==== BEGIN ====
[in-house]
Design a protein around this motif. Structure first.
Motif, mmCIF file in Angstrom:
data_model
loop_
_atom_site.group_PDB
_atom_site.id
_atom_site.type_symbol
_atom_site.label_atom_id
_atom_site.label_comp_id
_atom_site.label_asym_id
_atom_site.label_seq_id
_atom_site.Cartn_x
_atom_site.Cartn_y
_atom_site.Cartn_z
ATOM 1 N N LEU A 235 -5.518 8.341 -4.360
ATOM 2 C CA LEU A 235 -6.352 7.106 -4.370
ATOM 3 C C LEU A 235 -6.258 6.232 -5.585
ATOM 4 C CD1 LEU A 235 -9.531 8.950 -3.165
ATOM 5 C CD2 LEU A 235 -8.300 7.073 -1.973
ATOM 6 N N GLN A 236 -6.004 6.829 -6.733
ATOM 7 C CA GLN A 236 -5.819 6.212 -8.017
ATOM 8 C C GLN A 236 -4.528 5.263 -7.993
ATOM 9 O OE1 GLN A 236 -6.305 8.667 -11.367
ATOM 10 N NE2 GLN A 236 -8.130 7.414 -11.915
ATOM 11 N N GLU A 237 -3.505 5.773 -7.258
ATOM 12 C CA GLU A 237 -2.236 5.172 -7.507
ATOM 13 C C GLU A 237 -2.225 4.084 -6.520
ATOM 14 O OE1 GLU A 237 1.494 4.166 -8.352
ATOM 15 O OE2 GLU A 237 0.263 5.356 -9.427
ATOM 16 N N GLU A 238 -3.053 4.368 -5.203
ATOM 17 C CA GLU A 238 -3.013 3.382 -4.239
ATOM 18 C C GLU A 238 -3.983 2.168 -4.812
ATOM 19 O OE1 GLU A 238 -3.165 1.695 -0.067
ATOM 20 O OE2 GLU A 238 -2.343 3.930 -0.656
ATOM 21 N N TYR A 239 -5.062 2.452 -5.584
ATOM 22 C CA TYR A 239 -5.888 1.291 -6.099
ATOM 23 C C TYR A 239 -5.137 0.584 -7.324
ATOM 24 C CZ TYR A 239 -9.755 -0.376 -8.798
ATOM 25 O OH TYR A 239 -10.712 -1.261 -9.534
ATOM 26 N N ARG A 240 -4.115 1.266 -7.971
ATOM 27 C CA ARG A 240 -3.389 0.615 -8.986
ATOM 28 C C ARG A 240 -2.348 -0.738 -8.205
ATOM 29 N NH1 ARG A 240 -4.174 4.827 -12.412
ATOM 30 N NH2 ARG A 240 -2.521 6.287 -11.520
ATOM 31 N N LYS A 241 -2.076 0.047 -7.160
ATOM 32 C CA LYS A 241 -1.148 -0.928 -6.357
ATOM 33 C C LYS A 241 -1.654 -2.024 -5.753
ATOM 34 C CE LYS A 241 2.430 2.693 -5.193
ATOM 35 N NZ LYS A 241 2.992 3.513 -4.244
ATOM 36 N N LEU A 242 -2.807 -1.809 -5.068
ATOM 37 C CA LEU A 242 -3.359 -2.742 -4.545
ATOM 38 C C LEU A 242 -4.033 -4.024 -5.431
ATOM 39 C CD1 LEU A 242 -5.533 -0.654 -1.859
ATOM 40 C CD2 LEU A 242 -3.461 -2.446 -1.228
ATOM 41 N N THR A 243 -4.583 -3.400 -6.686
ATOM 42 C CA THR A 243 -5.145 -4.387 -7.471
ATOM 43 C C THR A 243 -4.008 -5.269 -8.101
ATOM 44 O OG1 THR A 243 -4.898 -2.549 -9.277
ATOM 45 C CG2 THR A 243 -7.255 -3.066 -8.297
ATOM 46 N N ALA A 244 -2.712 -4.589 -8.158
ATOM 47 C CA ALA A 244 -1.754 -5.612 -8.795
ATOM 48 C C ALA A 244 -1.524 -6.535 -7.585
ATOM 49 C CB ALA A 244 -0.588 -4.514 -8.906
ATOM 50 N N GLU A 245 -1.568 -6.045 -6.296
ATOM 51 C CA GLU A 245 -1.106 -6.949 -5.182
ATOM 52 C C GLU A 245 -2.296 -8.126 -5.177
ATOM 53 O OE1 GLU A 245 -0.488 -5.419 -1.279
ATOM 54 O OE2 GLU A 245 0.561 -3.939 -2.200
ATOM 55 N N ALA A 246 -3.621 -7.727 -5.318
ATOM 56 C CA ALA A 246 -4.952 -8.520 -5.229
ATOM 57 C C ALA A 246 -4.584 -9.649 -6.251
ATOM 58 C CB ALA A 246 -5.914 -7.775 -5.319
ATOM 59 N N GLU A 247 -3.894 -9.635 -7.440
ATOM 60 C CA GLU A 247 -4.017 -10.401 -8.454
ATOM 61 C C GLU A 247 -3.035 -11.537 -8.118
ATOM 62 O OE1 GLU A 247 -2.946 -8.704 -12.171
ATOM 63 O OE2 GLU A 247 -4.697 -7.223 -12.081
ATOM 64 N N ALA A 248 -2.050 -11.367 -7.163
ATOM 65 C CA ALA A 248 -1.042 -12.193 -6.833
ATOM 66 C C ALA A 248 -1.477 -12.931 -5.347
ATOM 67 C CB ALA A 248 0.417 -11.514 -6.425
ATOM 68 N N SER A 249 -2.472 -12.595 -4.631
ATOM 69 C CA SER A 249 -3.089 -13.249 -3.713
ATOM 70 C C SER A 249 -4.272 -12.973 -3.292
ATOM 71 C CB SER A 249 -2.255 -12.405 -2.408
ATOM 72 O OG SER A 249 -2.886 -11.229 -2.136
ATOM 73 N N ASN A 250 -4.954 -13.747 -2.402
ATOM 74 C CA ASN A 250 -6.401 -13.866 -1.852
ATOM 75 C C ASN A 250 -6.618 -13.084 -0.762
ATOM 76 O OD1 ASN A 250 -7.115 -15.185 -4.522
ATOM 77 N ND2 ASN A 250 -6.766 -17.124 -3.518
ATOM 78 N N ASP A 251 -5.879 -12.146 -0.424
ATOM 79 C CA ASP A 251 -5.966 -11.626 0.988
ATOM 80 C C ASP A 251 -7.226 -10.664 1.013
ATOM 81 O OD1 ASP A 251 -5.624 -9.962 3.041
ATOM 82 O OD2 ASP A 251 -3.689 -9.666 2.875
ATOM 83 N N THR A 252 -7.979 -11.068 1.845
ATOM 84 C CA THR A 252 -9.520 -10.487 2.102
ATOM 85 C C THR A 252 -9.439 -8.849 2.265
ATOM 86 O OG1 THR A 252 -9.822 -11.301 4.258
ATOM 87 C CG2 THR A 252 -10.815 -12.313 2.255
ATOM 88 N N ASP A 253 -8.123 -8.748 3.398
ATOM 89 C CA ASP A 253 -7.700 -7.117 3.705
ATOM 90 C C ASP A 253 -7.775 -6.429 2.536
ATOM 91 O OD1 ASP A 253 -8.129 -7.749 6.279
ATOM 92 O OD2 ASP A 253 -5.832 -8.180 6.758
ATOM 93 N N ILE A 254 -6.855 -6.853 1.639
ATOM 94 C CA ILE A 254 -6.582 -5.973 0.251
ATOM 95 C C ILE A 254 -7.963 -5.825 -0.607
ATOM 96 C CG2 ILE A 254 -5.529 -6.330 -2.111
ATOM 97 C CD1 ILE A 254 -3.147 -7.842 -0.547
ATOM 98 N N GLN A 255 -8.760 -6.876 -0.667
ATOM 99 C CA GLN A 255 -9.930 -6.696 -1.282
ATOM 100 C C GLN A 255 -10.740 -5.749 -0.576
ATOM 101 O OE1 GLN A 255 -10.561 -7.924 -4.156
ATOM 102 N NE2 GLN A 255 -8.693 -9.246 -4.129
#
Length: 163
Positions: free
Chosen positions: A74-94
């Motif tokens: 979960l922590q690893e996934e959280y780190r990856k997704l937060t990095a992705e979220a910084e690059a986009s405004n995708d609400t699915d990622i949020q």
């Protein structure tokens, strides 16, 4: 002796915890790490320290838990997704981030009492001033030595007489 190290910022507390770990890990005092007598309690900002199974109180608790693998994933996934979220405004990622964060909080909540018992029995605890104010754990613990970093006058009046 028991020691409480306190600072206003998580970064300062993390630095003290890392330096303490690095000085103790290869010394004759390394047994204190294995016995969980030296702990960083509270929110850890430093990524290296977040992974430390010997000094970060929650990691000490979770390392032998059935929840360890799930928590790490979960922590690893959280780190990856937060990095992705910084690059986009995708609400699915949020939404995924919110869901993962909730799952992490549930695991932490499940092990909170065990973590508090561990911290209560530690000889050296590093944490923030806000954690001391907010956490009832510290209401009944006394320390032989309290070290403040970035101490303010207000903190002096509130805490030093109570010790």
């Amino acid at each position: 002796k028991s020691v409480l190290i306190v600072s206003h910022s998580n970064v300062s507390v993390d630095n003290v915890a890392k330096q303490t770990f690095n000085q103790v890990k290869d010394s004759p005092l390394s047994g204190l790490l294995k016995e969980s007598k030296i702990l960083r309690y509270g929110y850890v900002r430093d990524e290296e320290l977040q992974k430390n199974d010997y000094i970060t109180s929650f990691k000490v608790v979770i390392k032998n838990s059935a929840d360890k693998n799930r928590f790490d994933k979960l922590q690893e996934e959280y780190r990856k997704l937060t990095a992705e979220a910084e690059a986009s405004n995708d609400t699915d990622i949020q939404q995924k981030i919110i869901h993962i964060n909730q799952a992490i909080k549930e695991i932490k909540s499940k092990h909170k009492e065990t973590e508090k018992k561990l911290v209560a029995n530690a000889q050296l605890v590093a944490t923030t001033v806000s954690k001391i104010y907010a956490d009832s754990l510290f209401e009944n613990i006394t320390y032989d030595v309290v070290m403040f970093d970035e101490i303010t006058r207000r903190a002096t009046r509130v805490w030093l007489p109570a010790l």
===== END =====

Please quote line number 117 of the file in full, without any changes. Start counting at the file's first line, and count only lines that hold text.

ATOM 102 N NE2 GLN A 255 -8.693 -9.246 -4.129